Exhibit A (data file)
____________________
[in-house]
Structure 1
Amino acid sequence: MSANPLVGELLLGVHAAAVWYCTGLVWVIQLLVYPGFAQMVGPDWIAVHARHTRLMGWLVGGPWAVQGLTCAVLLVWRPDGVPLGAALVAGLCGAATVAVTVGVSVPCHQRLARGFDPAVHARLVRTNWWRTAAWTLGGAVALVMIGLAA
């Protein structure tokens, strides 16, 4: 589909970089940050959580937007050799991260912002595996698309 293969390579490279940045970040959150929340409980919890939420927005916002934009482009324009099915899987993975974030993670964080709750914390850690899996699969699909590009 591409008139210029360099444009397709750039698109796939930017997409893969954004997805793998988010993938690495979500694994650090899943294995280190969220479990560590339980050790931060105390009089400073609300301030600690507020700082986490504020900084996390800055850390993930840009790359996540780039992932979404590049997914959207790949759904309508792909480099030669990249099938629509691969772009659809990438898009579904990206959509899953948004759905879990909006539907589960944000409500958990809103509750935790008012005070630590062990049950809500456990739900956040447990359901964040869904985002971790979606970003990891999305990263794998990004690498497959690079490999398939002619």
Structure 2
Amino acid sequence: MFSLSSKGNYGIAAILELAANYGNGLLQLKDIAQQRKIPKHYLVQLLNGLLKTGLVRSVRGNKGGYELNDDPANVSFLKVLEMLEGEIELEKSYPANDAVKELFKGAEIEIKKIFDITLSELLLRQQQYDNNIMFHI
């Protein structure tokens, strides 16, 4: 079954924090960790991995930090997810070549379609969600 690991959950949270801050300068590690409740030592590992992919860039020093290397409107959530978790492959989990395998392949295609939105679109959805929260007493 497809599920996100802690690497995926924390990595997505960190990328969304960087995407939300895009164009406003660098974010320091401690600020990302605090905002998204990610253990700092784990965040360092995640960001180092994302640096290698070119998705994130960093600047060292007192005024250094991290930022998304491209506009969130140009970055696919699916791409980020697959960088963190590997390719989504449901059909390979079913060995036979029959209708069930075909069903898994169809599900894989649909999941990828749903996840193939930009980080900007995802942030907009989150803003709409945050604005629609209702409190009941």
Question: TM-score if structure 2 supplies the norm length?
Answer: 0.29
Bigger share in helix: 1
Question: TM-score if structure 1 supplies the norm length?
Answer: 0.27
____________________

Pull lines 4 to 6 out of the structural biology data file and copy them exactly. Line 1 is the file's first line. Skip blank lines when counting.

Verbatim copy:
């Protein structure tokens, strides 16, 4: 589909970089940050959580937007050799991260912002595996698309 293969390579490279940045970040959150929340409980919890939420927005916002934009482009324009099915899987993975974030993670964080709750914390850690899996699969699909590009 591409008139210029360099444009397709750039698109796939930017997409893969954004997805793998988010993938690495979500694994650090899943294995280190969220479990560590339980050790931060105390009089400073609300301030600690507020700082986490504020900084996390800055850390993930840009790359996540780039992932979404590049997914959207790949759904309508792909480099030669990249099938629509691969772009659809990438898009579904990206959509899953948004759905879990909006539907589960944000409500958990809103509750935790008012005070630590062990049950809500456990739900956040447990359901964040869904985002971790979606970003990891999305990263794998990004690498497959690079490999398939002619």
Structure 2
Amino acid sequence: MFSLSSKGNYGIAAILELAANYGNGLLQLKDIAQQRKIPKHYLVQLLNGLLKTGLVRSVRGNKGGYELNDDPANVSFLKVLEMLEGEIELEKSYPANDAVKELFKGAEIEIKKIFDITLSELLLRQQQYDNNIMFHI